The previous weekend, the royals canceled a trip to a Maya village in southern Belize after residents, already embroiled in a land dispute with a monarchy-backed conservation group, protested a lack of consultation on a planned visit to their territory.
CUBA: There were long lines at gas stations across the island last week as fuel supply issues added to the country’s list of economic challenges.
The spike in demand for fuel was partly prompted by the breakdown of a main thermoelectric power plant in the province of Matanzas the week before. The plant’s failure meant that some gas and diesel had to be redirected to servicing the island’s power grid, reducing supply to fuel stations. Additionally, TRANSCUPET, the state-run company responsible for fuel distribution, was grappling with a shortage of delivery trucks.
Operations at the power plant were partly restored on Tuesday and TRANSCUPET said it was working towards “stabilizing” the fuel supply.
GUATEMALA: The Supreme Court of Justice suspended on Tuesday an anti-corruption judge, Pablo Xitumul. The judge handled high-profile cases against the military and former government officials. The court’s decision came one day after Judge Erika Aifan resigned and fled into exile to the United States.
Xitimul’s suspension comes after police inspector José Cuxaj filed a complaint against the judge stating that he refused to have his vehicle inspected during a 2019 incident.
Throughout his time as a judge, Xitimul convicted several government and military officials on charges ranging from corruption to genocide. At least 10 justice officials have fled Guatemala this year due to their involvement in high-profile anti-corruption cases.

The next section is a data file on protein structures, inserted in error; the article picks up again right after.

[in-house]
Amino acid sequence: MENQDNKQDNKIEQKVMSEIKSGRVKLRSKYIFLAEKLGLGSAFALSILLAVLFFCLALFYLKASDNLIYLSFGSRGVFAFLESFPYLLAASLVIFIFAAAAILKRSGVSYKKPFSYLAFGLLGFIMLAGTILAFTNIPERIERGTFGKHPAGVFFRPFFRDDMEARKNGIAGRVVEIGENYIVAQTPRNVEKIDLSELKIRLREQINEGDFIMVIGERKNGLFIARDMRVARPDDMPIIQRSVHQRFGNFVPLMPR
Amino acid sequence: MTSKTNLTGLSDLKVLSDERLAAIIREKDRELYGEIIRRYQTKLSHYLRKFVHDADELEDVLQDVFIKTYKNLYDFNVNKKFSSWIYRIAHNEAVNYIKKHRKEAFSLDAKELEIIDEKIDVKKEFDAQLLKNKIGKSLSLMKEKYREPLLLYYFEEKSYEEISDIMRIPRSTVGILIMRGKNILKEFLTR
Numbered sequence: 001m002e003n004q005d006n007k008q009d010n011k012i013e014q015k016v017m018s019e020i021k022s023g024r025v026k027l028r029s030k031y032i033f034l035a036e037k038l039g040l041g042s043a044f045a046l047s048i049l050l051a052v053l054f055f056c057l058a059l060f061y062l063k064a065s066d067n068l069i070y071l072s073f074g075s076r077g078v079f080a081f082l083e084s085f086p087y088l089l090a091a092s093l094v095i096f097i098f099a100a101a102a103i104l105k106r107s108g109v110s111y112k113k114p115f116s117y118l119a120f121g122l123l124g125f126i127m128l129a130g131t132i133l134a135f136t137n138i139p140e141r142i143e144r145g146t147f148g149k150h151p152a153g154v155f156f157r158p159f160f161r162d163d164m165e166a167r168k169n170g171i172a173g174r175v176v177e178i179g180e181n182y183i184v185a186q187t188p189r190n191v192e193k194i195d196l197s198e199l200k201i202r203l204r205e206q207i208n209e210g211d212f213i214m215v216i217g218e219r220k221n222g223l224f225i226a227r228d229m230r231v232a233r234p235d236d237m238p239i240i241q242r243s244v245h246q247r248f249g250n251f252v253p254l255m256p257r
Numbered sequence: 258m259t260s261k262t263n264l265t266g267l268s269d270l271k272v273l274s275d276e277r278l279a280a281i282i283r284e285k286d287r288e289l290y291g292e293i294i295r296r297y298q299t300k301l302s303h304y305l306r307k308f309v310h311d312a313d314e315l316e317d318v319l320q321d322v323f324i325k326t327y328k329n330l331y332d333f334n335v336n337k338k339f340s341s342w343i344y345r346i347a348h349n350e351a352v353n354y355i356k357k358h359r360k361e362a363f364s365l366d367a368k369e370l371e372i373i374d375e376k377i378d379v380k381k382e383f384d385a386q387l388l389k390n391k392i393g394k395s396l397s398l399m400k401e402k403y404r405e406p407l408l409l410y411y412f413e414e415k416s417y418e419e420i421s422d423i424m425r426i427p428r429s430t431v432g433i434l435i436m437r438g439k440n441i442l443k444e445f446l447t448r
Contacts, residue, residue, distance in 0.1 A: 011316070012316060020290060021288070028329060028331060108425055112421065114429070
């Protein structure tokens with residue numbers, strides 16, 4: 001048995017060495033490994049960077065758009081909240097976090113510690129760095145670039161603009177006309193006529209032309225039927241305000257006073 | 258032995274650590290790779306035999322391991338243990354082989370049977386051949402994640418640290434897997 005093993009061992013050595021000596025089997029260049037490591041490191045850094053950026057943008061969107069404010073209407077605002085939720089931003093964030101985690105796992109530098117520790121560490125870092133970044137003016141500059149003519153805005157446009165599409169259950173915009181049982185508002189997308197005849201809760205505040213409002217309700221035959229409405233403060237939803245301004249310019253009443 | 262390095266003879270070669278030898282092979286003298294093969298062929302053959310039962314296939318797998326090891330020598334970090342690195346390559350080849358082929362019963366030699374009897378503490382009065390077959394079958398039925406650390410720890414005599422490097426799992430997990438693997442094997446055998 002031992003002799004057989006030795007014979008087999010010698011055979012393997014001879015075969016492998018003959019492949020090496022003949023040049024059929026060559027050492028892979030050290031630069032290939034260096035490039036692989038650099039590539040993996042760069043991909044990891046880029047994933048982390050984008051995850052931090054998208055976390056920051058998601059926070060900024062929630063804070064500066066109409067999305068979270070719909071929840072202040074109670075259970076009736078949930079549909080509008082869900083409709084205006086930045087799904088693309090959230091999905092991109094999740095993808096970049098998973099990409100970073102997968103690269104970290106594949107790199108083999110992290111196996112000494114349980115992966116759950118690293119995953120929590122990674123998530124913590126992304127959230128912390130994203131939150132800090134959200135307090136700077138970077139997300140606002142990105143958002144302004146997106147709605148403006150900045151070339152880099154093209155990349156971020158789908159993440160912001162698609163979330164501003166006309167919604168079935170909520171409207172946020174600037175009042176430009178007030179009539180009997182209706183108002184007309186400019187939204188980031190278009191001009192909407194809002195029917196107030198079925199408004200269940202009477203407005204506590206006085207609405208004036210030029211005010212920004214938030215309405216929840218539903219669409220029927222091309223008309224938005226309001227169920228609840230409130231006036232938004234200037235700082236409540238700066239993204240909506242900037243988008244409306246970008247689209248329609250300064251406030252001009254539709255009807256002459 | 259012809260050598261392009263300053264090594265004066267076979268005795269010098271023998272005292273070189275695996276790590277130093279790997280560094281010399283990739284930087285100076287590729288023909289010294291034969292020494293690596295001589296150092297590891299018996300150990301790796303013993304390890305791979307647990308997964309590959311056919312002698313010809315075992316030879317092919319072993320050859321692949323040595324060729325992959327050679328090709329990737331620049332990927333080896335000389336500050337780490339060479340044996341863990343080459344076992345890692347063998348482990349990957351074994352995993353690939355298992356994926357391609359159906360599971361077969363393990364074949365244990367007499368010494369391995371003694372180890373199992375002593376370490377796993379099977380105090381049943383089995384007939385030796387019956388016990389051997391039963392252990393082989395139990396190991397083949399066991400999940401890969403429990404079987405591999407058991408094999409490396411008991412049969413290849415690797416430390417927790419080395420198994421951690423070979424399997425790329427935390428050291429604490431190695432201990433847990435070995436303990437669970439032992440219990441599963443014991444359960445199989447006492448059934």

NICARAGUA: Former presidential candidate Cristiana Chamorro received an eight-year sentence on Monday, March 21, after being found guilty of money laundering. President Daniel Ortega’s opponents argued that this case was politically motivated.
Chamorro comes from an influential family. Her mother, Violeta Chamorro, won against Daniel Ortega in 1990 to become the first woman president in Latin America. Her father was the editor of the newspaper La Prensa. He was assassinated in 1978.
MEXICO: On Thursday, U.S. ambassador to Mexico, Ken Salazar, called for Mexican lawmakers to unite with the United States against Russia’s invasion of Ukraine. He asked for both countries to join in solidarity as they did against Hitler during the second world war.
Salazar’s comments came after Russia’s ambassador to Mexico, Viktor Koronelli, spoke at a “Mexico-Russia friendship committee” on Wednesday.
President Andrés Manuel López Obrador remains neutral in the Ukraine conflict.
UNITED STATES: The Biden administration on Thursday released a new regulation to speed up asylum processing and deportation on the U.S.-Mexico border. The new rule aims to provide more authority to asylum officers by allowing them to hear and decide asylum claims, amid an immigration court backlog and a record number of migrants seeking to enter the United States.
The new regulation came as U.S. officials debated about ending a COVID-era border policy that blocked most asylum cases at the border. The regulation applies to migrants, including families, that are under the process of “expedited removal.” The rule will not apply to unaccompanied minors.
Want to receive This Week in Latin America directly to your inbox? Sign up here.